top of page

The Personal Side of Leadership

Updated: Aug 6, 2019

Our theme for July is Leadership, and one thing you must do as a leader is lead yourself. What does it mean to lead yourself? It means that when you’re the boss, the business owner, the top of the ladder, you must figure out how to get the best performance out of yourself. And while it may seem counter-intuitive, that often means asking for help.

We had just finished a week away for a beach vacation (our first ever as a family) and had many days of family in town before that. During this happy chaos, I thought it would be great to get some home renovation work done in our kitchen (namely, lowering the center island to make it handicap accessible, changing the countertops, adding a backsplash, and updating the powder room). Our week away seemed like the perfect time to tackle these projects.

Can you guess how this ends?

Unfortunately, but not unexpectedly, the renovations took longer than expected. Our son, Oliver, who is medically fragile, was already stressed and tired from the vacation, and the workers in our house further upset him. From Saturday to Tuesday, his health kept declining, and he was showing signs of deterioration that were highly concerning. Tuesday, we were in the hospital for tests.

We got out of the hospital the same day we went in, and the tests ruled out some scary possibilities.The final renovation tasks were put on hold as I tried to return our house to a calm sanctuary. Once home, we worked hard to keep Oliver hydrated, precisely on his routine, and out of the heat. So far, we haven’t had to return to the hospital. My intuition told me this wasn’t just a “we’re out of our routine” situation; it was much more serious. All of his symptoms are part of a mitochondrial disease cascade, or decompensation, where the body basically shuts down to conserve energy. We’ll need to see a doctor at Duke to help manage this particular medical issue.

So, as the boss and leader, what am I supposed to do when I’m the one having the personal crisis?

I play this game in my head: If I were my employee and all this was happening, what would I expect and then what would I offer? As a leader, I’d offer to cover anything I could and tell my employee to clear their calendar of anything non-urgent while delegating the urgent. We’d order in healthy lunches when they were at the office, I would encourage them to get lots of sleep, and I’d bring lots of water to their desk to stay hydrated. Y’all know I’m all about the hydration! So why not lead myself this way?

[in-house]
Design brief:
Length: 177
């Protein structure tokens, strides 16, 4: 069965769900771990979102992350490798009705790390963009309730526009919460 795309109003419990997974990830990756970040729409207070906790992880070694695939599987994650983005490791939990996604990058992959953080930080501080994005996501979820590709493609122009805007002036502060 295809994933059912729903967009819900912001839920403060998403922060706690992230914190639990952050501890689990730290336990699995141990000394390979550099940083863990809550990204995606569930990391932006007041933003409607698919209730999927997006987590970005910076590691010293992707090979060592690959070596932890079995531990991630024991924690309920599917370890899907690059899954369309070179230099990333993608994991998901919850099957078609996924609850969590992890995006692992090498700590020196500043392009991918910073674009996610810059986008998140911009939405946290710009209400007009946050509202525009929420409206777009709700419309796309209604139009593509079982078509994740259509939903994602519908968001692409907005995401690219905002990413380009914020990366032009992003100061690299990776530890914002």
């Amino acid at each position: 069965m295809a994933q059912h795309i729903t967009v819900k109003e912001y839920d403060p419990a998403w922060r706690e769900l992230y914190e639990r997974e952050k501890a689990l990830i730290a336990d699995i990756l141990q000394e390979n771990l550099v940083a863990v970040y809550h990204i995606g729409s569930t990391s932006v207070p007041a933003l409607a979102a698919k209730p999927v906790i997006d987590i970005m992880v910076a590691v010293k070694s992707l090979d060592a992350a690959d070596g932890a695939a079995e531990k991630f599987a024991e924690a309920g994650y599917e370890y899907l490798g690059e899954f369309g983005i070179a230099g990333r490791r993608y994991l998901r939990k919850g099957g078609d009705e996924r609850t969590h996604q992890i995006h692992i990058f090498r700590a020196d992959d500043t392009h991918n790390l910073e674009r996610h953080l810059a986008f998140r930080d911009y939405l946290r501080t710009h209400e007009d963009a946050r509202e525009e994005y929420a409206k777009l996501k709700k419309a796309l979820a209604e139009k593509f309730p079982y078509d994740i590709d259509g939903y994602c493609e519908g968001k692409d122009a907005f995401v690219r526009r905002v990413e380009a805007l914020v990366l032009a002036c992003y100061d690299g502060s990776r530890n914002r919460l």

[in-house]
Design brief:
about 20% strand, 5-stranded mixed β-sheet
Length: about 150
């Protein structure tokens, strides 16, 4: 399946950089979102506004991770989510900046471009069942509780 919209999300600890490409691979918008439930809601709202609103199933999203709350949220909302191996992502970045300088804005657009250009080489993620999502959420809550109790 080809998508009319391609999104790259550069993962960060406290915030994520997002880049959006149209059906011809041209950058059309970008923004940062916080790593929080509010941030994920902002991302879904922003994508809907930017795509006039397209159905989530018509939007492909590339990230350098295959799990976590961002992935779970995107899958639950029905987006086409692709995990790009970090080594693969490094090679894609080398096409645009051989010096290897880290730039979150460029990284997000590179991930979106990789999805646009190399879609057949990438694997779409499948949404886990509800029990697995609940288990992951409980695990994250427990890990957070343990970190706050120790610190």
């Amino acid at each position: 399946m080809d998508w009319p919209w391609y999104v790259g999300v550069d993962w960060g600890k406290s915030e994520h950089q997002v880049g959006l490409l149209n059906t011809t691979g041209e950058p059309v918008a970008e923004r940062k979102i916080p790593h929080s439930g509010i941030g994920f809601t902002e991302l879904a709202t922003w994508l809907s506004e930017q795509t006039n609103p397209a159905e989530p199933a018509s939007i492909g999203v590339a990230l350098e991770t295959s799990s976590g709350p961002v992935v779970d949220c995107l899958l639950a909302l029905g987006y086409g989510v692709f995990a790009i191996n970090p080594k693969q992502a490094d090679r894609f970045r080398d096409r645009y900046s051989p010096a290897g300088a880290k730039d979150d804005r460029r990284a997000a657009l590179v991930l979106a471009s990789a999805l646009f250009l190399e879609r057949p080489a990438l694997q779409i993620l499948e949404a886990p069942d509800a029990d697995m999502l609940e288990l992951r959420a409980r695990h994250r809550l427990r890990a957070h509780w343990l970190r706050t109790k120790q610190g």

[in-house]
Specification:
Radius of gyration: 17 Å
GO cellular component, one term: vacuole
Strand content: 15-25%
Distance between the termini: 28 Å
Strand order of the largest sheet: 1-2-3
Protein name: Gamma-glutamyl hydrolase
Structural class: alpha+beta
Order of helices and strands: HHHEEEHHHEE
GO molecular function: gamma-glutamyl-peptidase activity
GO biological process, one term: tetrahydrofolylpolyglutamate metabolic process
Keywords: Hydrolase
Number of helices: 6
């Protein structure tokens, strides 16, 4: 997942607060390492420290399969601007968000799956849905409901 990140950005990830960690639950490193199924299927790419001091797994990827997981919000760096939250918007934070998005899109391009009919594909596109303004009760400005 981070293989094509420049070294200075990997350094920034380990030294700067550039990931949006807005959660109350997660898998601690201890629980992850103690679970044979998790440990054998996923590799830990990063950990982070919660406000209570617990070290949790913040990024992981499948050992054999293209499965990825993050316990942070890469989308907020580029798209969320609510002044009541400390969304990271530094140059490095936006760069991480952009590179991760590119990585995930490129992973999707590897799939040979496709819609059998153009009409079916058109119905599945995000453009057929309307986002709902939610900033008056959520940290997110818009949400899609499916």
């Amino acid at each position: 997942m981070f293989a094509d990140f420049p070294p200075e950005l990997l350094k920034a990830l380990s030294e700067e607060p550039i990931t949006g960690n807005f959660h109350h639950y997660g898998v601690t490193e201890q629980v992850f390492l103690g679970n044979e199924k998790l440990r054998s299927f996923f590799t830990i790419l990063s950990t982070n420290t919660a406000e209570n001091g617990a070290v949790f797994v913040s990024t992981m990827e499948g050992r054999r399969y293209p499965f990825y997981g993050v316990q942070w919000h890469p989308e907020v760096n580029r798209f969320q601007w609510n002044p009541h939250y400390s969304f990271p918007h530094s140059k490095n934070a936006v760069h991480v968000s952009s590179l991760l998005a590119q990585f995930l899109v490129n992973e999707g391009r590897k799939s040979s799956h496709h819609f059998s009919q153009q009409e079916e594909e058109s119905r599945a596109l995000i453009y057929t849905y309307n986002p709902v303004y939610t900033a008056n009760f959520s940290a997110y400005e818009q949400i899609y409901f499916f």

This week I really did treat myself like any other company employee. I canceled anything that wasn’t absolutely necessary, even our online Banner Year Blueprint workshop. I went to sleep before 9 p.m. almost every night. I allowed others to take on responsibilities. I went home when I was too distracted with worry about Ollie to do any meaningful work. I forwarded emails others could handle to have more emotional and mental energy available for mothering.

I also followed my own advice from our Crisis Checklist. Instead of texting, I called friends. I had a drink and a large queso with a pal and shared my worries. We both teared up, and when I left, I felt 1,000 pounds. lighter on the inside. I asked friends to help me with my husband’s small birthday dinner this past weekend. I said yes when my co-workers wanted to drop off lunch at my house. I got a massage on Saturday. Instead of shutting down or pushing through, I reached out.

Repeat after me:

Pushing through will lead you to burn out.

Shutting down will lead you to loneliness — and even bitterness.

Reaching out is the healthy way through a crisis, loss, heartbreak, diagnosis, or battle you didn’t see coming. God designed us to be in community; we aren’t designed to carry our burdens alone.

How do I know this? In the past I chose to push through, and it wrecked my body and strained my marriage. I chose to shut down, and it damaged my friendships and allowed bitterness to creep into my heart. But every time I choose to reach out, I experience healing much faster. By allowing myself to receive the encouragement of others, I have the stamina to continue fighting the battle.

  • Leading yourself well means asking for help, frequently and without shame.

  • Leading yourself well means protecting your own time, talents, energy, and family the way you would for one of your followers or employees.

  • Leading yourself well means knowing how much rest you personally need to return to baseline and ensuring you get it.

  • Leading yourself well means delegating to others who are capable and happy to lighten your load.

If you are walking down a similar road, stop right now and call a friend; text if you must, but send an SOS. Let someone lighten your load: When your friend offers to cook a meal, take care of your kids, or finish a work project for you, commit to saying yes. Allowing yourself to be cared for by others is a sign of maturity and wisdom. And when this battle is over for you, and you’ve avoided burning out, be willing to jump in for that friend when they send an SOS.

That is community: burdens cut in half and joys doubled.

Lead well and love well,



bottom of page